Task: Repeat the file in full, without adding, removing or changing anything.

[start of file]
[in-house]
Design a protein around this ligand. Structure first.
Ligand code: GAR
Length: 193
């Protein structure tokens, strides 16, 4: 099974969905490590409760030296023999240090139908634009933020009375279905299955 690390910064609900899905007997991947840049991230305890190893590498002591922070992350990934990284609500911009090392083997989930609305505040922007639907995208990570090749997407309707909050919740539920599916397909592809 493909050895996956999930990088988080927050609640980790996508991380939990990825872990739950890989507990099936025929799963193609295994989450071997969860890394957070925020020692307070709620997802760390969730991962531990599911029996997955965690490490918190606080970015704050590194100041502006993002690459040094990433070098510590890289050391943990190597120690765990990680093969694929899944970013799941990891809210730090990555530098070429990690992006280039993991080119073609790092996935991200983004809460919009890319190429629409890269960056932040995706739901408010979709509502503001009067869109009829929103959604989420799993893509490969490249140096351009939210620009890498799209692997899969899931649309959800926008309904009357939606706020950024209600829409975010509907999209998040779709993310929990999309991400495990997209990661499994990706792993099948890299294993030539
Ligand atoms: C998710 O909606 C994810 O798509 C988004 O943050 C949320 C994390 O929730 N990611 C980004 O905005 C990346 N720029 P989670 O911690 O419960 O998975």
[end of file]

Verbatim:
[in-house]
Design a protein around this ligand. Structure first.
Ligand code: GAR
Length: 193
């Protein structure tokens, strides 16, 4: 099974969905490590409760030296023999240090139908634009933020009375279905299955 690390910064609900899905007997991947840049991230305890190893590498002591922070992350990934990284609500911009090392083997989930609305505040922007639907995208990570090749997407309707909050919740539920599916397909592809 493909050895996956999930990088988080927050609640980790996508991380939990990825872990739950890989507990099936025929799963193609295994989450071997969860890394957070925020020692307070709620997802760390969730991962531990599911029996997955965690490490918190606080970015704050590194100041502006993002690459040094990433070098510590890289050391943990190597120690765990990680093969694929899944970013799941990891809210730090990555530098070429990690992006280039993991080119073609790092996935991200983004809460919009890319190429629409890269960056932040995706739901408010979709509502503001009067869109009829929103959604989420799993893509490969490249140096351009939210620009890498799209692997899969899931649309959800926008309904009357939606706020950024209600829409975010509907999209998040779709993310929990999309991400495990997209990661499994990706792993099948890299294993030539
Ligand atoms: C998710 O909606 C994810 O798509 C988004 O943050 C949320 C994390 O929730 N990611 C980004 O905005 C990346 N720029 P989670 O911690 O419960 O998975």